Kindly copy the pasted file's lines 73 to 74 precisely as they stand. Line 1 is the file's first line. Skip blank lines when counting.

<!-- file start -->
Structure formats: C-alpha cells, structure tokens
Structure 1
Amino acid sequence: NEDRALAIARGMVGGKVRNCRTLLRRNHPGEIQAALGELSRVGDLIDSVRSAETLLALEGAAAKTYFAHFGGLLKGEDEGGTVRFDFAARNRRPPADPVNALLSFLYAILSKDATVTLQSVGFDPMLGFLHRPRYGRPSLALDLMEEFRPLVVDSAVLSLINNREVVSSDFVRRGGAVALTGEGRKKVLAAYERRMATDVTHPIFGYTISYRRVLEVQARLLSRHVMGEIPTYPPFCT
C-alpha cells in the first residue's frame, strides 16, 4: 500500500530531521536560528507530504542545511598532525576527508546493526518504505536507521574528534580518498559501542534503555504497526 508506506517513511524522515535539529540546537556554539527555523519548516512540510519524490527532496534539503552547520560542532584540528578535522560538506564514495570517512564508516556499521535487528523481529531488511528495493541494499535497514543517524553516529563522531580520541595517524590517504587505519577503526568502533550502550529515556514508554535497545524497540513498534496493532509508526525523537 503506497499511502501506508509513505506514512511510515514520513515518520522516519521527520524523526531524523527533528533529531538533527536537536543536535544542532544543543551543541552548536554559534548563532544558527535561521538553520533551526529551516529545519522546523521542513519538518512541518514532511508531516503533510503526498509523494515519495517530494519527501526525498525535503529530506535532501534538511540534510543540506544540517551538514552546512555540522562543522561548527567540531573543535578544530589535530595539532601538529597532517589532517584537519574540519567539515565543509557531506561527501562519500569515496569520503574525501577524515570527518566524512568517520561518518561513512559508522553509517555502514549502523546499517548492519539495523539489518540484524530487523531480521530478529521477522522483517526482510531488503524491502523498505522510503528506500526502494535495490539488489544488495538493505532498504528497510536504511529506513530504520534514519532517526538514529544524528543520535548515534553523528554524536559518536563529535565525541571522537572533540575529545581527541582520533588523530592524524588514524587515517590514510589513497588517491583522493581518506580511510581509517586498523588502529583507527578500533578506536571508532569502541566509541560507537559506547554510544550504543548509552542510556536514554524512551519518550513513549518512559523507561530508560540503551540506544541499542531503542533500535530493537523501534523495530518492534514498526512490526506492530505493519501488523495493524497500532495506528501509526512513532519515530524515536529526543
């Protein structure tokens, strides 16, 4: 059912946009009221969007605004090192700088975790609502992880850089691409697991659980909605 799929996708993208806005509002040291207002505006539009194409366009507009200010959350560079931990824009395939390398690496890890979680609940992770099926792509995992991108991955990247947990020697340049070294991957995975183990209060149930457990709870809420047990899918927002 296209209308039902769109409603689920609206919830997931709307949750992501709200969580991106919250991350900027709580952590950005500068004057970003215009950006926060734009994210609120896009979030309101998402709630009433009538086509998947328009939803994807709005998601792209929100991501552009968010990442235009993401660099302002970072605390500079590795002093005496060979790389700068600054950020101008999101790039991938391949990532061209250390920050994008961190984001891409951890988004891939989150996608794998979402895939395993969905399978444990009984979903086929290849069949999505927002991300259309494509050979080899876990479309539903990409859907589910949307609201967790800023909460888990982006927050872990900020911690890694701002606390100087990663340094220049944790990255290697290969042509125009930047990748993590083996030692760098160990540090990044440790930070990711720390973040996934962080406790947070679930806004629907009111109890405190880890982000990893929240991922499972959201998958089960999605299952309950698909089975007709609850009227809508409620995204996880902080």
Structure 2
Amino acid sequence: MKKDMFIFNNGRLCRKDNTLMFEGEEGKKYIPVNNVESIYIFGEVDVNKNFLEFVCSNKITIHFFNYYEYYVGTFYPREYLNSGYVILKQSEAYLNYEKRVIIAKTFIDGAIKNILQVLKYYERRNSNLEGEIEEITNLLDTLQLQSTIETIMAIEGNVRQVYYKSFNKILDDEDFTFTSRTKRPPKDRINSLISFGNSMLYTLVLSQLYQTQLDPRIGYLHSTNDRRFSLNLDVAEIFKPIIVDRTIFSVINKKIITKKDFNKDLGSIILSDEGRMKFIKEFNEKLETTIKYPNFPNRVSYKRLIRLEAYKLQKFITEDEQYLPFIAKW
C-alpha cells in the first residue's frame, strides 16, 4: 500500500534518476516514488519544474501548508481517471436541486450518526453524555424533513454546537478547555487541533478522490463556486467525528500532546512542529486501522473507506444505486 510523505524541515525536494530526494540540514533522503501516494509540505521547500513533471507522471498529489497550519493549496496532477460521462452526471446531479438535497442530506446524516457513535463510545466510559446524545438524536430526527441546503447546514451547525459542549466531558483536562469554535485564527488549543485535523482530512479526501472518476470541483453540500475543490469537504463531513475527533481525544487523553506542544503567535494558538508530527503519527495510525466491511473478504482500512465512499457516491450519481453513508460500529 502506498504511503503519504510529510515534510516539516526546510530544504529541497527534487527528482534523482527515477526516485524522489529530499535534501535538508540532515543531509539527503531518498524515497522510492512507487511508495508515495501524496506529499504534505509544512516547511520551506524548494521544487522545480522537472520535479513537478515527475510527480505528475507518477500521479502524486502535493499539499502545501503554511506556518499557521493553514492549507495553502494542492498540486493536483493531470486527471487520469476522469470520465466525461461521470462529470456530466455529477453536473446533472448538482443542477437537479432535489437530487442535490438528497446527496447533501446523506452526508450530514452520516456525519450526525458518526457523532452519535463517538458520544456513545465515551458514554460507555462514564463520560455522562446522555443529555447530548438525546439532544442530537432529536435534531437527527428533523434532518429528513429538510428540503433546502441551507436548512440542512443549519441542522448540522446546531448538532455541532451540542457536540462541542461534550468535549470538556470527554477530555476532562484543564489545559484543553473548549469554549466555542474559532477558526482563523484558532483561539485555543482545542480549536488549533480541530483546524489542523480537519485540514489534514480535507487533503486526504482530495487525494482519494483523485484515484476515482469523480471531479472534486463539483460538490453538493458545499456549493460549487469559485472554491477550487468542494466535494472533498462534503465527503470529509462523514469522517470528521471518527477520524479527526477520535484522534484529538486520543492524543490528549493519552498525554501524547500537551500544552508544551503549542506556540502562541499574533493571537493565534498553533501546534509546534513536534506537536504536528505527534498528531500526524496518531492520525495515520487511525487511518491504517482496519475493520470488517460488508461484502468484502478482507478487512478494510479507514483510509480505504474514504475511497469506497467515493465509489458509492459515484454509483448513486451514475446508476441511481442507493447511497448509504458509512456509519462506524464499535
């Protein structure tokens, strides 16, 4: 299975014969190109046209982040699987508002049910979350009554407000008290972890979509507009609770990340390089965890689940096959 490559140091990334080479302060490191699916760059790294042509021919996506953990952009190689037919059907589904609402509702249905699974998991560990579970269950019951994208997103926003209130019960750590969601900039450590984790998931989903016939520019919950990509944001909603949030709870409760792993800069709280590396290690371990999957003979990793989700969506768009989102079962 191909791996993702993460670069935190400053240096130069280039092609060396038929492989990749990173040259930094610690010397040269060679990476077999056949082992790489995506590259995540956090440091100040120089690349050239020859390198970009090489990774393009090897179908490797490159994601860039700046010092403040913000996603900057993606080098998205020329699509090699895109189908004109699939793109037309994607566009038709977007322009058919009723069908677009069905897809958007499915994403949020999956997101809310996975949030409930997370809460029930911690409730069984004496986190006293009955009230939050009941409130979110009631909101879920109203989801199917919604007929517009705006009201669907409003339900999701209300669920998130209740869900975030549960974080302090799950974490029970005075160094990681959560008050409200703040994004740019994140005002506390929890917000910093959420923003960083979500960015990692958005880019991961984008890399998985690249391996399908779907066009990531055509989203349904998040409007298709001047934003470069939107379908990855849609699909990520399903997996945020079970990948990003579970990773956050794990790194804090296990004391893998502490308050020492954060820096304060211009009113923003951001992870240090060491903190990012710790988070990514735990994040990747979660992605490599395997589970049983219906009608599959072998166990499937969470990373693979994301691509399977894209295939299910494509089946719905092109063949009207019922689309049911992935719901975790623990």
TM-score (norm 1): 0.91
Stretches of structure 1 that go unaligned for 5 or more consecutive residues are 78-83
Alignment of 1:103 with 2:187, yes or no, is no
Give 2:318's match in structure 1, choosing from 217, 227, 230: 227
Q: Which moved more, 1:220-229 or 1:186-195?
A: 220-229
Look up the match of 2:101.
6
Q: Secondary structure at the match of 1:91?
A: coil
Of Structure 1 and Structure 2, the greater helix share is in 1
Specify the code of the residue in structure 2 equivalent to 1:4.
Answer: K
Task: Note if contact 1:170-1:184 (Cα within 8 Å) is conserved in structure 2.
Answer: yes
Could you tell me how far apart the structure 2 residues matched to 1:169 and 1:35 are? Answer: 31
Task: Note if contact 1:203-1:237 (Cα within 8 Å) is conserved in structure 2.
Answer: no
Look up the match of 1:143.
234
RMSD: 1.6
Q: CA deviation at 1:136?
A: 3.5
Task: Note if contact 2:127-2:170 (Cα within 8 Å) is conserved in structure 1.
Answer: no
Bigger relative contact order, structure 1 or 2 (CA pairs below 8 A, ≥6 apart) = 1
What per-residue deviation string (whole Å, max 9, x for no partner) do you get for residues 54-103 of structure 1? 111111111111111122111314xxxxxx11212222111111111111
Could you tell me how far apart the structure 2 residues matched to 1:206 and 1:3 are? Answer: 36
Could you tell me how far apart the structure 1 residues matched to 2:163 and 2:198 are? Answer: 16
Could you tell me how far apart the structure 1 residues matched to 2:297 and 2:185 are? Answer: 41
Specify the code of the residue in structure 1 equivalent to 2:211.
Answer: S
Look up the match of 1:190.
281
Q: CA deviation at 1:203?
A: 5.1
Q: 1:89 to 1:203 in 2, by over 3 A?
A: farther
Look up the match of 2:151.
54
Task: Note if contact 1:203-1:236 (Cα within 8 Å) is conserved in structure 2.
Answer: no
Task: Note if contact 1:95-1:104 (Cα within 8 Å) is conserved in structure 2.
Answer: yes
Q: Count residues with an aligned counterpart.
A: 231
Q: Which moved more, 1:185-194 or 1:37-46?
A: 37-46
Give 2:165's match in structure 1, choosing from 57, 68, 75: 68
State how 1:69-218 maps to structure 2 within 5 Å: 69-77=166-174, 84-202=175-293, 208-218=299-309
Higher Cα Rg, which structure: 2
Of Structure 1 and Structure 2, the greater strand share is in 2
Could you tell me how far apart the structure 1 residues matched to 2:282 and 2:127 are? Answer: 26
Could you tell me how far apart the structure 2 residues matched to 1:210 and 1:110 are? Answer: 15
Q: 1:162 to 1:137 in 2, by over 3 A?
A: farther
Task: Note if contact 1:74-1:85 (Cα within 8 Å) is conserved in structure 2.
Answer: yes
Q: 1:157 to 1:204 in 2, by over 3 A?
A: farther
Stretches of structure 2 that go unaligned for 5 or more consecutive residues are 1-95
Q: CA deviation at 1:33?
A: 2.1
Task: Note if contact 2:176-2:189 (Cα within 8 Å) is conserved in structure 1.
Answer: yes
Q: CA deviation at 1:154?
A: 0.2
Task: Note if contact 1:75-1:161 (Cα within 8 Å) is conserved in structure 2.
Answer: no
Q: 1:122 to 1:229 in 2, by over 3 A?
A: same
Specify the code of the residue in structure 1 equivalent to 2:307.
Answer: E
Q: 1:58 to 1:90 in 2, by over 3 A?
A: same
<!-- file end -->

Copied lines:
Task: Note if contact 2:176-2:189 (Cα within 8 Å) is conserved in structure 1.
Answer: yes